Oregon Tax Issues to Watch After Measure 97 Defeat

Oregon voters defeated Measure 97 on November 8, which means C corporations in the state don’t face an immediate tax increase.

If passed, the measure would have imposed a 2.5 percent minimum tax on C corporations for Oregon gross receipts exceeding $25 million. It also would have removed the current minimum tax cap of $100,000 per year. Select C corporations were exempt from the measure and would have remained subject to the current tax structure and cap.

Although Measure 97 didn’t pass, Oregon’s budget deficits remain, which means further attempts may be on the horizon to modify the state’s minimum tax structure. As governments with significant deficits seek new sources of revenue, they often turn to taxpayers’ receipts and net income—particularly that of the perennially unpopular, large, out-of-state corporations. These large entities have been the target of past Oregon tax proposals, such as Measures 66 and 67.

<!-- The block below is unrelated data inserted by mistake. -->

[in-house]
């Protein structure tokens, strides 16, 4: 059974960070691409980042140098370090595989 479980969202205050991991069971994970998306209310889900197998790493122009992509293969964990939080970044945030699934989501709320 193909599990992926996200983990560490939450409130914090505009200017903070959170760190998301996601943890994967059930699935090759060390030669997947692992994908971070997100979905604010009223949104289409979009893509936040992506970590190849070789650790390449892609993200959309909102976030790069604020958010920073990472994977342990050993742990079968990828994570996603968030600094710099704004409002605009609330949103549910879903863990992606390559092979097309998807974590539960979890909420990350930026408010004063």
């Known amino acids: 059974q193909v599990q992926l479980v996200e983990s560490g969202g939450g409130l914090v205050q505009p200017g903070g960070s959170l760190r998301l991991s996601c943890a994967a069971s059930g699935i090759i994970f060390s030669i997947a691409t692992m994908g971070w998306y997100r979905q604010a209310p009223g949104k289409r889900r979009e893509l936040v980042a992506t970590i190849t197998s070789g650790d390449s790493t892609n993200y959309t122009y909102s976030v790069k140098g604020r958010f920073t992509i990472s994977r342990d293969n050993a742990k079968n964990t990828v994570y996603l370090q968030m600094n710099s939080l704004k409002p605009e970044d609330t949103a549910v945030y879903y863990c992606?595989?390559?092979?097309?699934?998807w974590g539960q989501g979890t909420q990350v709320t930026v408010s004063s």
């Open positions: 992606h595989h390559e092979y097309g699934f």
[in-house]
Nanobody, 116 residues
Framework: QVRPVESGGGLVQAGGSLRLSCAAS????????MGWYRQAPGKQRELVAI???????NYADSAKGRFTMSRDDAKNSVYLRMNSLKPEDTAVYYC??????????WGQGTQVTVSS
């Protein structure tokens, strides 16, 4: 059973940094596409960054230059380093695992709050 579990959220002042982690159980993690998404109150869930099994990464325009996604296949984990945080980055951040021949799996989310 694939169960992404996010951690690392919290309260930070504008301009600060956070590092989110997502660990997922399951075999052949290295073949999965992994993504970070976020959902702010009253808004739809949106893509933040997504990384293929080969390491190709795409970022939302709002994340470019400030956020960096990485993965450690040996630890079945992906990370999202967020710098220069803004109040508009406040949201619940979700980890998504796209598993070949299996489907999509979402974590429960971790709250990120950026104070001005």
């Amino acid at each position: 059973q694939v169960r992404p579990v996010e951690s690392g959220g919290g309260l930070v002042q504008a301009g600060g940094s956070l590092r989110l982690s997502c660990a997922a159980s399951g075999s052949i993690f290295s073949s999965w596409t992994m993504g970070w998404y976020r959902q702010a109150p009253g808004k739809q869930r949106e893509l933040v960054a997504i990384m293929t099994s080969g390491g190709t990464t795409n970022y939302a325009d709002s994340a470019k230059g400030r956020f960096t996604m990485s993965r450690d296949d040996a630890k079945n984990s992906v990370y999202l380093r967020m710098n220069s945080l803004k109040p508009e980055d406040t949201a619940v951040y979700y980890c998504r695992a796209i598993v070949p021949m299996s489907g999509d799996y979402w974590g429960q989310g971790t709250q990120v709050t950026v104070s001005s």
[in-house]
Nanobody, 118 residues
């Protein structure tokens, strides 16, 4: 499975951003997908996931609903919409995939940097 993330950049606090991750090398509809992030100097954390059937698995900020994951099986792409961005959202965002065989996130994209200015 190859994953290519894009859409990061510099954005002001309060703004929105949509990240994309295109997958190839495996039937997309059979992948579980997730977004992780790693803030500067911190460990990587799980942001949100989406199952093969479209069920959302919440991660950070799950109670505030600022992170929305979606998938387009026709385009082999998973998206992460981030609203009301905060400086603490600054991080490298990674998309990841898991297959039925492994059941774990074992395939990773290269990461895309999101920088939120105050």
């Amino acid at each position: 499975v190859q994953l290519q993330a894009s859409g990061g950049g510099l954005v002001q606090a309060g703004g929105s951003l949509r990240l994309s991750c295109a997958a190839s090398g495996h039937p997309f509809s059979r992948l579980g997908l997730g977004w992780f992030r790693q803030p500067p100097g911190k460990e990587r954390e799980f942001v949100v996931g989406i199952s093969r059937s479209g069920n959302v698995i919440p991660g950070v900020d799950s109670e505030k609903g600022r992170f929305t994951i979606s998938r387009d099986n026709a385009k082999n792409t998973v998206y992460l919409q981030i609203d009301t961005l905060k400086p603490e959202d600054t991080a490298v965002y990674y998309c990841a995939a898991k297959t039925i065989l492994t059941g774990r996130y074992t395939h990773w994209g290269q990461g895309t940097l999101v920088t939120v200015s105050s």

Political support may be more widespread for a minimum tax that’s applied to a broader base at a lower rate. Mark Hass, the leader of the Oregon Senate’s revenue committee, proposed a 0.39 percent tax on corporate receipts during the legislature’s 2016 short session last February. His plan didn’t receive a hearing, but Measure 97’s defeat could add urgency to this and other new tax proposals.

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Moss Adams will continue to keep you informed of legislative changes that could impact strategies you may be considering. For more information, contact your Moss Adams professional or email statetax@mossadams.com.

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